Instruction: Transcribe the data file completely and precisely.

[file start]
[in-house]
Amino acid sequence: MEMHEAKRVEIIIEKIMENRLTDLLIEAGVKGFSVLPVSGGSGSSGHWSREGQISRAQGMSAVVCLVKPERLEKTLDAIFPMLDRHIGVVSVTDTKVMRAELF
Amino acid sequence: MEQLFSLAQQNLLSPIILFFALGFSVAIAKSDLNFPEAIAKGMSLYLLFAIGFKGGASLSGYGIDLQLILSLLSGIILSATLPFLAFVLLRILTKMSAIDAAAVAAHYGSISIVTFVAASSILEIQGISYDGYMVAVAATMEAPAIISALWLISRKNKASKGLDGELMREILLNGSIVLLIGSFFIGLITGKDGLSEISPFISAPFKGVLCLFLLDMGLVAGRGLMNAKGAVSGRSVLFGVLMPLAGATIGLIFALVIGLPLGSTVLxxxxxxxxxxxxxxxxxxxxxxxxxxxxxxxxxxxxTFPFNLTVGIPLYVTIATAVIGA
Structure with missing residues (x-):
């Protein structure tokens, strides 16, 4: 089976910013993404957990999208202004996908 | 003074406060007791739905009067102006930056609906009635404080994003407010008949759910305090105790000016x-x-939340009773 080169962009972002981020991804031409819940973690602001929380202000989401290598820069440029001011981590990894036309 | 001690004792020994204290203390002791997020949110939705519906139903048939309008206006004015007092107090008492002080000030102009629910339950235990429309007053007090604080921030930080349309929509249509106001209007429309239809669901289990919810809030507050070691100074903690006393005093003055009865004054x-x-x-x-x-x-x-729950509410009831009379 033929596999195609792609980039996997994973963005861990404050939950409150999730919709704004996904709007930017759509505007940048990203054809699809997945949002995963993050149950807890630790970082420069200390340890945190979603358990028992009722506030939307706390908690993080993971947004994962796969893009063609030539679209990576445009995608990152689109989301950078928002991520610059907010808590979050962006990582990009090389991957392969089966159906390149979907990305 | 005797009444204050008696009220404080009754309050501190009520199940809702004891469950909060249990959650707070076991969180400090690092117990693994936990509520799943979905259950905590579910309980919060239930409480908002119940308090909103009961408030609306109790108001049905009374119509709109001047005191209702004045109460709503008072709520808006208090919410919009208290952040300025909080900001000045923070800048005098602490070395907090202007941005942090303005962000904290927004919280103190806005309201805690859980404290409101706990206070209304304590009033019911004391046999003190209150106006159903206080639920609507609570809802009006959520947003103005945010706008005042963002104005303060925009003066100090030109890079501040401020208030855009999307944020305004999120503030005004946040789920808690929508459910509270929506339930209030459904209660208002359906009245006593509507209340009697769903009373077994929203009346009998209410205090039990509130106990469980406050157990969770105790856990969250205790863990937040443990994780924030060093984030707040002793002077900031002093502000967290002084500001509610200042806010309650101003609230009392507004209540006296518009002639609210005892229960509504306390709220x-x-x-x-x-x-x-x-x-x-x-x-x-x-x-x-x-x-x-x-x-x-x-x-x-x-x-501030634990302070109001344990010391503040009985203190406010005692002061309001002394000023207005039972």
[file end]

[in-house]
Amino acid sequence: MEMHEAKRVEIIIEKIMENRLTDLLIEAGVKGFSVLPVSGGSGSSGHWSREGQISRAQGMSAVVCLVKPERLEKTLDAIFPMLDRHIGVVSVTDTKVMRAELF
Amino acid sequence: MEQLFSLAQQNLLSPIILFFALGFSVAIAKSDLNFPEAIAKGMSLYLLFAIGFKGGASLSGYGIDLQLILSLLSGIILSATLPFLAFVLLRILTKMSAIDAAAVAAHYGSISIVTFVAASSILEIQGISYDGYMVAVAATMEAPAIISALWLISRKNKASKGLDGELMREILLNGSIVLLIGSFFIGLITGKDGLSEISPFISAPFKGVLCLFLLDMGLVAGRGLMNAKGAVSGRSVLFGVLMPLAGATIGLIFALVIGLPLGSTVLxxxxxxxxxxxxxxxxxxxxxxxxxxxxxxxxxxxxTFPFNLTVGIPLYVTIATAVIGA
Structure with missing residues (x-):
């Protein structure tokens, strides 16, 4: 089976910013993404957990999208202004996908 | 003074406060007791739905009067102006930056609906009635404080994003407010008949759910305090105790000016x-x-939340009773 080169962009972002981020991804031409819940973690602001929380202000989401290598820069440029001011981590990894036309 | 001690004792020994204290203390002791997020949110939705519906139903048939309008206006004015007092107090008492002080000030102009629910339950235990429309007053007090604080921030930080349309929509249509106001209007429309239809669901289990919810809030507050070691100074903690006393005093003055009865004054x-x-x-x-x-x-x-729950509410009831009379 033929596999195609792609980039996997994973963005861990404050939950409150999730919709704004996904709007930017759509505007940048990203054809699809997945949002995963993050149950807890630790970082420069200390340890945190979603358990028992009722506030939307706390908690993080993971947004994962796969893009063609030539679209990576445009995608990152689109989301950078928002991520610059907010808590979050962006990582990009090389991957392969089966159906390149979907990305 | 005797009444204050008696009220404080009754309050501190009520199940809702004891469950909060249990959650707070076991969180400090690092117990693994936990509520799943979905259950905590579910309980919060239930409480908002119940308090909103009961408030609306109790108001049905009374119509709109001047005191209702004045109460709503008072709520808006208090919410919009208290952040300025909080900001000045923070800048005098602490070395907090202007941005942090303005962000904290927004919280103190806005309201805690859980404290409101706990206070209304304590009033019911004391046999003190209150106006159903206080639920609507609570809802009006959520947003103005945010706008005042963002104005303060925009003066100090030109890079501040401020208030855009999307944020305004999120503030005004946040789920808690929508459910509270929506339930209030459904209660208002359906009245006593509507209340009697769903009373077994929203009346009998209410205090039990509130106990469980406050157990969770105790856990969250205790863990937040443990994780924030060093984030707040002793002077900031002093502000967290002084500001509610200042806010309650101003609230009392507004209540006296518009002639609210005892229960509504306390709220x-x-x-x-x-x-x-x-x-x-x-x-x-x-x-x-x-x-x-x-x-x-x-x-x-x-x-501030634990302070109001344990010391503040009985203190406010005692002061309001002394000023207005039972």